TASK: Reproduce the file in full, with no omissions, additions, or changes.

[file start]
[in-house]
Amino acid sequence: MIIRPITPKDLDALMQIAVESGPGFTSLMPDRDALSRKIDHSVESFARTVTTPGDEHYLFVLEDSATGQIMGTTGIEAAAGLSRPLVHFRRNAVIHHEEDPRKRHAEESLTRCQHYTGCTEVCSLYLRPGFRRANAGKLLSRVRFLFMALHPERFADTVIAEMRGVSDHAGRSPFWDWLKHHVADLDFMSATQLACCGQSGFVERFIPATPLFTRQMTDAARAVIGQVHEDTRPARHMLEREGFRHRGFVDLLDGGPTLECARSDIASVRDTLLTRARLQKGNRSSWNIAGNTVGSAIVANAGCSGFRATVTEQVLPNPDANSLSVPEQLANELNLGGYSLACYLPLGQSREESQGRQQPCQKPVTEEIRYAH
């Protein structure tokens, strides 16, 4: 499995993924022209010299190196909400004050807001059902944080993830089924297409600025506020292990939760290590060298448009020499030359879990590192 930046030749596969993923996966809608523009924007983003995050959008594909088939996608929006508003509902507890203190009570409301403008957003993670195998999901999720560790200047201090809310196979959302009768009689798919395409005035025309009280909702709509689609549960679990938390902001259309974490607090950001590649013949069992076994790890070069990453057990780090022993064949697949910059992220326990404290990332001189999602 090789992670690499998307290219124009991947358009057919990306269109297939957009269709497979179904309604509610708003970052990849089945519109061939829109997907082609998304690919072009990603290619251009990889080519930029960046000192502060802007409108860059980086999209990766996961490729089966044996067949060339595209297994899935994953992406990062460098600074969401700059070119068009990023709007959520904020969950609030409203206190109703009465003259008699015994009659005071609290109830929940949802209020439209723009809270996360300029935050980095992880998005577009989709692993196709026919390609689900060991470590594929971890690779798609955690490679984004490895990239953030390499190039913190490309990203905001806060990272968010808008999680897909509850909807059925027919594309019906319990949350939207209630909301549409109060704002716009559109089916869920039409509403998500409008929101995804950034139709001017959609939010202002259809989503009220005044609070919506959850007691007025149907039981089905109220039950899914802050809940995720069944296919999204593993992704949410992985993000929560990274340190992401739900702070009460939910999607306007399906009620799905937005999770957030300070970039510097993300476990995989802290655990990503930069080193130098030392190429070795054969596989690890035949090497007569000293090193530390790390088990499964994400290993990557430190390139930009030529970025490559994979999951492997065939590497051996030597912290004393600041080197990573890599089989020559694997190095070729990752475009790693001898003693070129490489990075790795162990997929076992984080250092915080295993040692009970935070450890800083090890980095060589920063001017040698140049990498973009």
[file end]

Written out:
[in-house]
Amino acid sequence: MIIRPITPKDLDALMQIAVESGPGFTSLMPDRDALSRKIDHSVESFARTVTTPGDEHYLFVLEDSATGQIMGTTGIEAAAGLSRPLVHFRRNAVIHHEEDPRKRHAEESLTRCQHYTGCTEVCSLYLRPGFRRANAGKLLSRVRFLFMALHPERFADTVIAEMRGVSDHAGRSPFWDWLKHHVADLDFMSATQLACCGQSGFVERFIPATPLFTRQMTDAARAVIGQVHEDTRPARHMLEREGFRHRGFVDLLDGGPTLECARSDIASVRDTLLTRARLQKGNRSSWNIAGNTVGSAIVANAGCSGFRATVTEQVLPNPDANSLSVPEQLANELNLGGYSLACYLPLGQSREESQGRQQPCQKPVTEEIRYAH
């Protein structure tokens, strides 16, 4: 499995993924022209010299190196909400004050807001059902944080993830089924297409600025506020292990939760290590060298448009020499030359879990590192 930046030749596969993923996966809608523009924007983003995050959008594909088939996608929006508003509902507890203190009570409301403008957003993670195998999901999720560790200047201090809310196979959302009768009689798919395409005035025309009280909702709509689609549960679990938390902001259309974490607090950001590649013949069992076994790890070069990453057990780090022993064949697949910059992220326990404290990332001189999602 090789992670690499998307290219124009991947358009057919990306269109297939957009269709497979179904309604509610708003970052990849089945519109061939829109997907082609998304690919072009990603290619251009990889080519930029960046000192502060802007409108860059980086999209990766996961490729089966044996067949060339595209297994899935994953992406990062460098600074969401700059070119068009990023709007959520904020969950609030409203206190109703009465003259008699015994009659005071609290109830929940949802209020439209723009809270996360300029935050980095992880998005577009989709692993196709026919390609689900060991470590594929971890690779798609955690490679984004490895990239953030390499190039913190490309990203905001806060990272968010808008999680897909509850909807059925027919594309019906319990949350939207209630909301549409109060704002716009559109089916869920039409509403998500409008929101995804950034139709001017959609939010202002259809989503009220005044609070919506959850007691007025149907039981089905109220039950899914802050809940995720069944296919999204593993992704949410992985993000929560990274340190992401739900702070009460939910999607306007399906009620799905937005999770957030300070970039510097993300476990995989802290655990990503930069080193130098030392190429070795054969596989690890035949090497007569000293090193530390790390088990499964994400290993990557430190390139930009030529970025490559994979999951492997065939590497051996030597912290004393600041080197990573890599089989020559694997190095070729990752475009790693001898003693070129490489990075790795162990997929076992984080250092915080295993040692009970935070450890800083090890980095060589920063001017040698140049990498973009």